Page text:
Hi everyone! It’s that time of the year when we make lists of the top bookish things of the year and I really wanted to write about authors I discovered in 2018, wheter they are debuts authors or just authors I had never read before. I chose 10 authors to put on this list and it turns out they were all women, which isn’t that weird because I read mostly female authors.

Without further ado, here’s my top 10:

Somaiya Daud

Somaiya Daud 1.png

  • Book I read: Mirage (Full review)
  • Why she made it to the list: I LOVED the way in which Daud wrote the relationship between Maram and Amani, the princess and her body double. Amani is relatable and likable; she is just a girl that is put in a difficult situation and manages to survive. Maram is cruel and arrogant, but as the story unfolds, we see that she is actually a very complex character that is conflicted and feels trapped between what it’s expected of her and who she wants to be. Their relationship is complicated and beautiful and painful and I just LOVE them both so much.

Elizabeth Acevedo

elizabeth acevedo.jpg

  • Book I read: The Poet X (Full review)
  • Why she made it to the list: The Poet X was the first book written in verse that I have read and Elizabeth Acevedo’s writing made me feel like I had a direct line to the emotions the main character was experiencing and trying to express. Also, I loved that Acevedo explores so many imporatant subjects like body image, the harm of the male gaze, religion and complicated families in powerful and touching ways.

Libba Bray 

Libba Bray

  • Books I Read: The Diviners & Lair of Dreams
  • Why she made it to the list: The Diviners has become my favorite paranormal series of all times. I think Libba Bray is amazing at writing creepy and atmospheric  books, which has help me discover my love for scary/horror books this year. Also, 1920s New York City is brought to life by her incredible writing and she has created some brilliant characters.

Helen Hoang 

Helen Hoang.jpg

  • Book I Read: The Kiss Quotient
  • Why she made it to the list: The autistic rep in Helen Hoang’s book was so insightful and well done.  Stella is succeseful and caring, she fixates on routines and obsessions and sometimes misses some social cues and she is wonderful and I loved getting to read from her perspective. Also, Helen Hoang wrote a soft male love interest, which is rare in romance, and it was amazing. And she knows how to write some really steamy scenes, so that’s good too!

Holly Black

holly black

  • Book I Read: The Cruel Prince
  • Why she made it to the list: I had been in a fantasy slump for a while and then Holly Black’s book made me feel consumed by a world and characters in a way that hadn’t happened in some time, so I’m really grateful for it. I loved the world she created in The Cruel Prince full of political intrigued, deceitful characters, unexpected turns and so much cruelty from the very beginning. Also, she gave me a new couple to ship, which gave her extra points!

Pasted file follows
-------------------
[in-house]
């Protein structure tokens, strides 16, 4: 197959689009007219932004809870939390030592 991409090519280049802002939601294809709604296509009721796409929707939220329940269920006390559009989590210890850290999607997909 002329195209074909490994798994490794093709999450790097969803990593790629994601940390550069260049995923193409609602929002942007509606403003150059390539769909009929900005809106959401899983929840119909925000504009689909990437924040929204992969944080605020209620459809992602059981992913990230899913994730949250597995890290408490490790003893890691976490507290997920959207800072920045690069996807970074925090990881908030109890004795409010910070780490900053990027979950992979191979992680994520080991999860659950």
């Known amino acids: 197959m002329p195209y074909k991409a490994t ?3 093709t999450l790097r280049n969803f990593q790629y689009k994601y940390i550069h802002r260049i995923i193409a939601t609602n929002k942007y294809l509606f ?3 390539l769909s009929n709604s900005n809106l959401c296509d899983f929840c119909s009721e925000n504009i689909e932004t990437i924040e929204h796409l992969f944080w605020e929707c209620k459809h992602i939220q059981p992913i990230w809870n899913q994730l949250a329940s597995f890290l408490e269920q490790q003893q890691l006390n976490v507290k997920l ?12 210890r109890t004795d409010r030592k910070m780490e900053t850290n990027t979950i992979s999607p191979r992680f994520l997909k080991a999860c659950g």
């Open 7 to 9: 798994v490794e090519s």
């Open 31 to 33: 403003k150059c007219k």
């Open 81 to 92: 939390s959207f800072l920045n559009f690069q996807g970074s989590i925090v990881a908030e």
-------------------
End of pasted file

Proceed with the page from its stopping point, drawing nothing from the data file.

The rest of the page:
Balli Kaur Jaswal

Billi Kaur Jasmal.jpg

  • Book I Read: Erotic Stories for Punjabi Widows
  • Why she made it to the list: I loved the way Balli Kaur Jasmal wrote an amazing friendship between completely different women. The main character, Nikki, was raised in a less traditional way than the group of punjabi widows, she has a completely different way of seeing things. But at the end, these women become friends and they grow and change thanks to their friendship, they learn about themselves and step out of their comfort zone. Also, I think Balli Kaur Jasmal did an amazing job exploring the relationship between gender and religion.

Taylor Jenkins Reid

Taylor Jenkins Reid

  • Book I Read: The Seven Husbands of Evelyn Hugo
  • Why she made it to the list: Taylor Jenkins Reid created on of the most complex characters I have ever encounter. Evelyn Hugo is a morally gray character that unapologetically does terrible things in order to achive what she wants in life, she sacrifices parts of herself to succeed, but at the same time she loves deeply and she is undeniably loyal to those she loves. I was fascinated by her. Then there the fact that Jenkins Reid wrote a love story, that is so beautiful, sad and complicated, and you can’t help but want the two character to end up together.

Maurene Goo

Maurene Goo

  • Book I Read: The Way You Make Me Feel ( Full review)
  • Why she made it to the list: I feel like The Way You Make Me Feel was Maurene Goo’s love letter to L.A. and to food, and she managed to make me want to go to L.A. even more than I already wanted to and also made me very hungry. Her way of writing character development and the development of the father/daughter relationship was fantastic, and the female friendship  was the most wonderful thing ever, Clara and Rose’s friendship shows that real friends help you grow, challenge you to be better, support you and help you see how amazing you are.